The area of land used for cultivating coca leaf dropped from 171,000 hectares in 2017 to 169,000 in 2018, a fall of just 1.2 percent, according to the UN Office on Drugs and Crime's representative in Colombia, Pierre Lapaque.
Although the crop reduction was small, it's a welcome reversal of a trend that saw plantations grow rapidly since 2013, when the area under cultivation was just 48,000 hectares.
By 2017, cocaine production had reached almost 1,400 tons, a record number.
Lapaque said government efforts, including eradication, substitution and the prosecution of drug traffickers, reversed the growth trend.
However despite last year's reduction Lapaque said, "Colombia is still at the highest cultivation levels" since the UN began measurements in 2001.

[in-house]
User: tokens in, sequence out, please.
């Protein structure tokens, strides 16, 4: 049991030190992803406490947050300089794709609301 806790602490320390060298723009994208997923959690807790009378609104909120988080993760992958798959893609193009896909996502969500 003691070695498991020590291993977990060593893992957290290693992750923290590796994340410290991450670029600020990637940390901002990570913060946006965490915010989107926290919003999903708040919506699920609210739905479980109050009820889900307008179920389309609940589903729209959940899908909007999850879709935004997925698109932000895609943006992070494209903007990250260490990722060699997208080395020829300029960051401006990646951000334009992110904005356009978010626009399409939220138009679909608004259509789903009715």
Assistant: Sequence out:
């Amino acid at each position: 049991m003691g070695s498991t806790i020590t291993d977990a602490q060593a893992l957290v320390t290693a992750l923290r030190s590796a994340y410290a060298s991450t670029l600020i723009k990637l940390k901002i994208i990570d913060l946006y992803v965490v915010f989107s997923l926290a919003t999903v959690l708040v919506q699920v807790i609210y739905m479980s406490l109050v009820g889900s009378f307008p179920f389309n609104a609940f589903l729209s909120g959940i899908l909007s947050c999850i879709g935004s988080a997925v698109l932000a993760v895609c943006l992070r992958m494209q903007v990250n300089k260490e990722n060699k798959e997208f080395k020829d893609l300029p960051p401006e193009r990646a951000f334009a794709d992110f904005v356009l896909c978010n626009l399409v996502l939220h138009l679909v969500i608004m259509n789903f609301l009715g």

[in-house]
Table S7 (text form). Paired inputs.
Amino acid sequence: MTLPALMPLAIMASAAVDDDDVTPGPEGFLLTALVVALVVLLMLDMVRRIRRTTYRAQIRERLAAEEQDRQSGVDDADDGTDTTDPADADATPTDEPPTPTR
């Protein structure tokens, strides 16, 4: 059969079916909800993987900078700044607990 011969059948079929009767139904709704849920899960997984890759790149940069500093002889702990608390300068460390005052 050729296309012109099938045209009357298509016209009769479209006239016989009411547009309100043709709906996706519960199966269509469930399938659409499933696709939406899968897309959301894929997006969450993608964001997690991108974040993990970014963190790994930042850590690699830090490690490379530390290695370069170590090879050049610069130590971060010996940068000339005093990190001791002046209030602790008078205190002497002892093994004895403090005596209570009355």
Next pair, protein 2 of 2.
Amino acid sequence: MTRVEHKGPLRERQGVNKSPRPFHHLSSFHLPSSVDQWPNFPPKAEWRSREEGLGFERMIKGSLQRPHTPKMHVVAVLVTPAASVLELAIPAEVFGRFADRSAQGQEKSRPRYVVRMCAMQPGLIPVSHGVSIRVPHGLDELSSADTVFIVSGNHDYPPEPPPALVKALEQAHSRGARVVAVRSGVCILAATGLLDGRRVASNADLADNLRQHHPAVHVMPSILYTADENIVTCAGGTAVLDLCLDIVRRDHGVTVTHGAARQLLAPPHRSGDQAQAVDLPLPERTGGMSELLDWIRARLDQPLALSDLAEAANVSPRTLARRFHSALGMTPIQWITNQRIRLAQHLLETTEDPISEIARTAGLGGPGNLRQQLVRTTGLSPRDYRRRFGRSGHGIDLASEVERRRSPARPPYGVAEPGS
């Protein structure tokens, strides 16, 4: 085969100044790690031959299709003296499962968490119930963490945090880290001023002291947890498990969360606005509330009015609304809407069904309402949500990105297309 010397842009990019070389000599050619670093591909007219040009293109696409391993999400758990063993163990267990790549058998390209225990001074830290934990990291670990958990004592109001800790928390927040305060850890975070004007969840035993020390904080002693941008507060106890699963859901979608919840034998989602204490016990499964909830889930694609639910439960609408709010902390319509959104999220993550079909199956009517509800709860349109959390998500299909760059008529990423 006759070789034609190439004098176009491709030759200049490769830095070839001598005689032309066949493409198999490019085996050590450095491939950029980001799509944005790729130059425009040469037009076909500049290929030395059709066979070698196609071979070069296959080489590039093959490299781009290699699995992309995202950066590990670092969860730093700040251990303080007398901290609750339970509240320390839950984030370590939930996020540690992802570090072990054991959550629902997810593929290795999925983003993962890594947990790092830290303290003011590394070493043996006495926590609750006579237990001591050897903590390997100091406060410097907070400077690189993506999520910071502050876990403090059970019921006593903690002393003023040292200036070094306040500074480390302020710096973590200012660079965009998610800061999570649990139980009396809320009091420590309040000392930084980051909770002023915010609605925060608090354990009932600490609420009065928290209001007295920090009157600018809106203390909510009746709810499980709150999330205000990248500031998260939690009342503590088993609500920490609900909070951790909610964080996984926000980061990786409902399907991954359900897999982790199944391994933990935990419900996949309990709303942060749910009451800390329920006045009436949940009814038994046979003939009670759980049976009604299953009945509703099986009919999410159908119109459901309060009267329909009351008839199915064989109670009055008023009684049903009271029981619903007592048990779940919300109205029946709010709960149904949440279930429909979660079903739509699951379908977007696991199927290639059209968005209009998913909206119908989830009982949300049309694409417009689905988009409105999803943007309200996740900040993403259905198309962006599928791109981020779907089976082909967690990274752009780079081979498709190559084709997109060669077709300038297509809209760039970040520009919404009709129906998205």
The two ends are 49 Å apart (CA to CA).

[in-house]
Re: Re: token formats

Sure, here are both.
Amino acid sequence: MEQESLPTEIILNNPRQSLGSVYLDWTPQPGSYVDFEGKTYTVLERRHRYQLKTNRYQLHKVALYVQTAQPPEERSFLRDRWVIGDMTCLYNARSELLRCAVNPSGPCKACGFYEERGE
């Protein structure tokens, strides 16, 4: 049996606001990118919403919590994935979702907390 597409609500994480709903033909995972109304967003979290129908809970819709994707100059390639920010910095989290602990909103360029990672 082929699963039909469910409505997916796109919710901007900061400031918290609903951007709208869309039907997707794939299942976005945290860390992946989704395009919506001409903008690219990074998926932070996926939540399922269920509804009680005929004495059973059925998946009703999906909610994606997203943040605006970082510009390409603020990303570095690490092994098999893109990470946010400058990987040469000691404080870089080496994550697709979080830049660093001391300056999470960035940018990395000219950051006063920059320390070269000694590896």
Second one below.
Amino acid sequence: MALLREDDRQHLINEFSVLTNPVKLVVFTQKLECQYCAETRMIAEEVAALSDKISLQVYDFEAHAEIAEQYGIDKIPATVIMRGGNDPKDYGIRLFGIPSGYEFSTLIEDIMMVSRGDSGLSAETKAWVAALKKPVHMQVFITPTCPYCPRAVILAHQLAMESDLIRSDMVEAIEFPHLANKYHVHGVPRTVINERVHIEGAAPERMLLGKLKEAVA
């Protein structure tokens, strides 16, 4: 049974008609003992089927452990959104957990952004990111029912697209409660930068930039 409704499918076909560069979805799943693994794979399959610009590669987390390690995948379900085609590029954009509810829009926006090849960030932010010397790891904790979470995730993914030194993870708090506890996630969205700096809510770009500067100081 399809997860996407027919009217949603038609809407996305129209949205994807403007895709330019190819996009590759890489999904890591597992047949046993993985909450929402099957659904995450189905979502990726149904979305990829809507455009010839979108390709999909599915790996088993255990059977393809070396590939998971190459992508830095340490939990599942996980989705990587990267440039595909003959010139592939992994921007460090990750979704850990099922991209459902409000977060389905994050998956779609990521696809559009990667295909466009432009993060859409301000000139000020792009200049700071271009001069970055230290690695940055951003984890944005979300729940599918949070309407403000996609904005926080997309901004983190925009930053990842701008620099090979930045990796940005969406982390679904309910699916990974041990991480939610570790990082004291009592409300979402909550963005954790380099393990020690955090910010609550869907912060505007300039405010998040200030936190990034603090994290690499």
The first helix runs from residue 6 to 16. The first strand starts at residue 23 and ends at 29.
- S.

President Ivan Duque, who appeared alongside Lapaque at the presidential palace in Bogota, lauded the reversal of the "exponential growth trend" in drug plantations, which he blamed on his predecessor Juan Manuela Santos's anti-drug policies.
Duque has questioned the efficacy of Santos's strategy to manually destroy plantations while making crop substitution agreements with peasants working in the illegal industry, both part of the historic 2016 peace pact with Marxist FARC rebels to end their half-century of armed conflict.
Duque has petitioned Colombia's constitutional court in an effort to overturn a ban on the aerial spraying of the herbicide glyphosate to tackle the coca crops.
In October 2015, Colombia became the last country in the world to outlaw aerial spraying of glyphosate, a controversial substance that some believe to be carcinogenic and which pollutes groundwater and the environment.